Housing payments aren’t the only bills people are facing though. In our report Debts and despair, which we launched in December, we found that 5.2 million people across the UK are behind on consumer credit payments like credit cards or personal loans. That’s a figure we’ve been tracking for over a year and, strikingly, that’s the highest we’ve seen it and 1.5 million higher than in November 2022.
The message from that polling and from many of the Research Community members we spoke to was that the spike in the cost of living had stretched them to their limit, financially and psychologically. Worryingly, half of people who were behind on consumer credit bills have had suicidal thoughts or feelings in the last 20 months.
With so many people under so much pressure, assuming lower inflation means everything goes back to normal would be a huge error. And thankfully, there’s lots that policymakers and firms can do.
More accessible support
When it comes to mortgages, there is already a suite of support lenders can offer. But more needs to be done to make that support accessible for people with mental health problems. That means being smart in how firms use data and looking at the overall picture of customers’ finances, not just whether they’re up to date on the mortgage.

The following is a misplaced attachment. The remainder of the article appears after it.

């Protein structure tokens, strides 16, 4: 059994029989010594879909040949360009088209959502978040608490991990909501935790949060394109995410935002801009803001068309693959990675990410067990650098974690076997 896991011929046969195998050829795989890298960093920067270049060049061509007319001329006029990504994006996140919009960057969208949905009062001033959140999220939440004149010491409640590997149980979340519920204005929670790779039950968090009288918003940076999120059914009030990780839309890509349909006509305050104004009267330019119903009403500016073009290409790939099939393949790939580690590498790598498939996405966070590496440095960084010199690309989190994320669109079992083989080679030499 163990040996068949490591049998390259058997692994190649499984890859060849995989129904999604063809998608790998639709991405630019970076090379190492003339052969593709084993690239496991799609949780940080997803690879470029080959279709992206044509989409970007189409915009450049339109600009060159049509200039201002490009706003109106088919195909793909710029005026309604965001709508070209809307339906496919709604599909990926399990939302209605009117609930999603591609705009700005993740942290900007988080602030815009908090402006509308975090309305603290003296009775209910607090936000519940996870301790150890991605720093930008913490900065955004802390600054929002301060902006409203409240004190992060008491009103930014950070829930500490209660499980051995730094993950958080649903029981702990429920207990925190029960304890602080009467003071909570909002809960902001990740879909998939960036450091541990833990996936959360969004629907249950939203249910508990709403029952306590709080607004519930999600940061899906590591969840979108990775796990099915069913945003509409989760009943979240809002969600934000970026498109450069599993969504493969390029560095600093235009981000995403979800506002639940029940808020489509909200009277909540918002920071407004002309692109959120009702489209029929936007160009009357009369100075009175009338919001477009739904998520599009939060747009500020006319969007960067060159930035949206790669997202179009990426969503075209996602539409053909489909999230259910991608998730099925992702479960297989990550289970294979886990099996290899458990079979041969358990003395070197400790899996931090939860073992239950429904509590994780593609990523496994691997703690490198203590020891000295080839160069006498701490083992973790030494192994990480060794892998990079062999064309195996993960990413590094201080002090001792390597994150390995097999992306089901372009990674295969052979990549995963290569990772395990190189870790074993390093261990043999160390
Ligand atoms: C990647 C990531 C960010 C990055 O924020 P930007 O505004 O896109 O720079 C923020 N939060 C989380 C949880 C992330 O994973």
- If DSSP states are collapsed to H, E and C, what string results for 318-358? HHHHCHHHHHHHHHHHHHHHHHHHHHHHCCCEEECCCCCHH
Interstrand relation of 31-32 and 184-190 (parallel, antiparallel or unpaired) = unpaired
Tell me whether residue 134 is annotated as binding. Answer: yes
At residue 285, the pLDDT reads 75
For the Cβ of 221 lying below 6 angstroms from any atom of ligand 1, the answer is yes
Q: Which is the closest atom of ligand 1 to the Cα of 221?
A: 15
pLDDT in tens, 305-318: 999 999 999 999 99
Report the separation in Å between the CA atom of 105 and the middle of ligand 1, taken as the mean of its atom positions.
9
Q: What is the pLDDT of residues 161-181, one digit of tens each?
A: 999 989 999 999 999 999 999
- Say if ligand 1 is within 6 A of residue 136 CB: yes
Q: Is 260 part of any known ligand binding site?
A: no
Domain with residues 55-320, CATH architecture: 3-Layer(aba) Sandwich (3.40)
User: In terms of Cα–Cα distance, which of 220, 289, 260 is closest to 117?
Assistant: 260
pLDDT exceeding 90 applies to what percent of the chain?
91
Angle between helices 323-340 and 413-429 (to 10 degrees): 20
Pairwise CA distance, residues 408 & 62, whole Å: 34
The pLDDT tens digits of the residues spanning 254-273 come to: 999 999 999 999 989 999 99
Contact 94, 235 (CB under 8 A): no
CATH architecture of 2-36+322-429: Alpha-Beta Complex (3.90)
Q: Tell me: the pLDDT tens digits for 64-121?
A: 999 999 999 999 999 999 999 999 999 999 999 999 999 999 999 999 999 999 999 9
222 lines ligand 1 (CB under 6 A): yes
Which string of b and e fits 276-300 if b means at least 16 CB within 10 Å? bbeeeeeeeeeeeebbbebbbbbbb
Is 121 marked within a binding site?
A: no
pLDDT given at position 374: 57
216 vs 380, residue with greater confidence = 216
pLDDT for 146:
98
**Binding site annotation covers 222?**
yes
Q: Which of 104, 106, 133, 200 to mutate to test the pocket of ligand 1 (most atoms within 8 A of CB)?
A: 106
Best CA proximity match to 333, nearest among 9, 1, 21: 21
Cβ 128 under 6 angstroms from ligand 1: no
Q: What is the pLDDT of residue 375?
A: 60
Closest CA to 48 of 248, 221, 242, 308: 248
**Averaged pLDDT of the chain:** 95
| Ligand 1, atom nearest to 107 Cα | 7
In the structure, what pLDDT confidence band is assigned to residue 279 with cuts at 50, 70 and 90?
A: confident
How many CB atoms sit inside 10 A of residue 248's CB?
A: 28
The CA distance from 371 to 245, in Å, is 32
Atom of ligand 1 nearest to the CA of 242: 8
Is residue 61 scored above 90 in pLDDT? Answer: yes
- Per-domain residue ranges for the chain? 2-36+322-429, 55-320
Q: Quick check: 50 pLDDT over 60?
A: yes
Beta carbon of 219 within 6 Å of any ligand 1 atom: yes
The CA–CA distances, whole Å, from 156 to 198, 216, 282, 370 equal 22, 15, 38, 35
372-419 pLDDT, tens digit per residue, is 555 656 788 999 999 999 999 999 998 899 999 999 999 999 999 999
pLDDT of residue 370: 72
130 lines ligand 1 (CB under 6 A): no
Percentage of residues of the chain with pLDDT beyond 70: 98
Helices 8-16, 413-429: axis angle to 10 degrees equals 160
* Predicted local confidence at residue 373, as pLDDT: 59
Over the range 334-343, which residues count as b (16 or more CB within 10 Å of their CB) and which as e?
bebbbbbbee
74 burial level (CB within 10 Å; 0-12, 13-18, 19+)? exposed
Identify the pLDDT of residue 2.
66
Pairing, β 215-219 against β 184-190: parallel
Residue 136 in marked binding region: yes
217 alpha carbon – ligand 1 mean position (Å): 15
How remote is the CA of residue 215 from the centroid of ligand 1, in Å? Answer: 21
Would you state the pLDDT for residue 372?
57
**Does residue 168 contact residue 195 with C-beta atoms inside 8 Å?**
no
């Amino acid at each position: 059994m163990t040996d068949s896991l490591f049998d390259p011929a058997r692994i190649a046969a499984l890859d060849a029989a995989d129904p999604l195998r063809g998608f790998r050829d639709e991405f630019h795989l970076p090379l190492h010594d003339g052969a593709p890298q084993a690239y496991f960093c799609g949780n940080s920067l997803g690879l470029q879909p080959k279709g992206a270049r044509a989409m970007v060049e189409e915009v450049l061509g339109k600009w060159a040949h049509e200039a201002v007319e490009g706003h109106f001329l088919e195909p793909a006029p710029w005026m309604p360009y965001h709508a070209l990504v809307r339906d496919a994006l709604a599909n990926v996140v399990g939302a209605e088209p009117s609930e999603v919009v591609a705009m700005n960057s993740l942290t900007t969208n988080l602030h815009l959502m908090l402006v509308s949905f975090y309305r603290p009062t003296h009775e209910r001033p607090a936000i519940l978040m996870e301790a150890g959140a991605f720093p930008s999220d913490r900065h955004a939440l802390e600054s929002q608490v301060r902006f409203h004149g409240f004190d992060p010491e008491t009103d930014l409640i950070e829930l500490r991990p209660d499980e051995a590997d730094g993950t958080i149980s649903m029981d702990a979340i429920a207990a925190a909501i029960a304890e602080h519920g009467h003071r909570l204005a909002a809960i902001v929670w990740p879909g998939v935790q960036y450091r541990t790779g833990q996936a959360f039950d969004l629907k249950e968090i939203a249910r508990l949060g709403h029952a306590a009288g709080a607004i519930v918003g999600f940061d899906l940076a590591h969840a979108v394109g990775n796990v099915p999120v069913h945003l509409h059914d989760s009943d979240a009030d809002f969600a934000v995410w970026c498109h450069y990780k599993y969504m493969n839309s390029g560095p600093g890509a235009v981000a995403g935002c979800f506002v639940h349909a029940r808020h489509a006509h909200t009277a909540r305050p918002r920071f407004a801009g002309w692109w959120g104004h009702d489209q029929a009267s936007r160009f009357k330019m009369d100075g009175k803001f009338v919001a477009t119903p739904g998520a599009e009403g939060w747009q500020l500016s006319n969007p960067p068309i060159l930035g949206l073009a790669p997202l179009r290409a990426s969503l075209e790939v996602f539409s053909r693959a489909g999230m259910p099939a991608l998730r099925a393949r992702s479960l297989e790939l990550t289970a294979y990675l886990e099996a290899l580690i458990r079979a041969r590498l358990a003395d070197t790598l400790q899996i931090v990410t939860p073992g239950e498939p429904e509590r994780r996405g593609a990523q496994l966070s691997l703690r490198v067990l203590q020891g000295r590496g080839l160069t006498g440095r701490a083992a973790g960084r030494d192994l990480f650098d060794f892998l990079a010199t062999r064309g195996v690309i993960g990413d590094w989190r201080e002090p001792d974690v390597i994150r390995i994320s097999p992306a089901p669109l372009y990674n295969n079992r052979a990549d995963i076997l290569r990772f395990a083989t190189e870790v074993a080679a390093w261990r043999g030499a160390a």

Reaching out more consistently about what options are on the table would also help lower the barrier to getting in touch. But it’s also about the response people receive when they contact their lender looking for help. Training for customer-facing staff about how mental health problems can affect us practically and how to adjust the service they’re offering should lead to more people feeling supported and understood. For instance, that could mean communicating through the customer’s preferred channel or following up with written summaries of discussions.
The psychological toll of debt collection
Beyond mortgages, there’s plenty that other creditors could do to protect customers. One of the repeated findings in our work on the cost of living is that it’s not just the experience of being in debt that hits our mental health – it’s how the firms we’re in debt to deal with us. One element of that is the number of times creditors make contact. A barrage of calls, emails, letters and texts can leave people feeling harassed and actually make them less likely to get in touch.
“The constant calling & emailing just makes you feel worse. It makes you less inclined to want to get in touch & sort it out. Even when you tell them not to call & email they still call you everyday.” Expert by experience
We’re calling on the government and the regulator to set out a specific limit on how often a creditor can contact someone. But it’s also something firms can start themselves, assessing their communications, making smarter use of data to get a rounded view of a customer’s circumstances and making appropriate adjustments.
It may still be a while before we’re out of winter, but action now would make it easier for struggling customers to see brighter days ahead.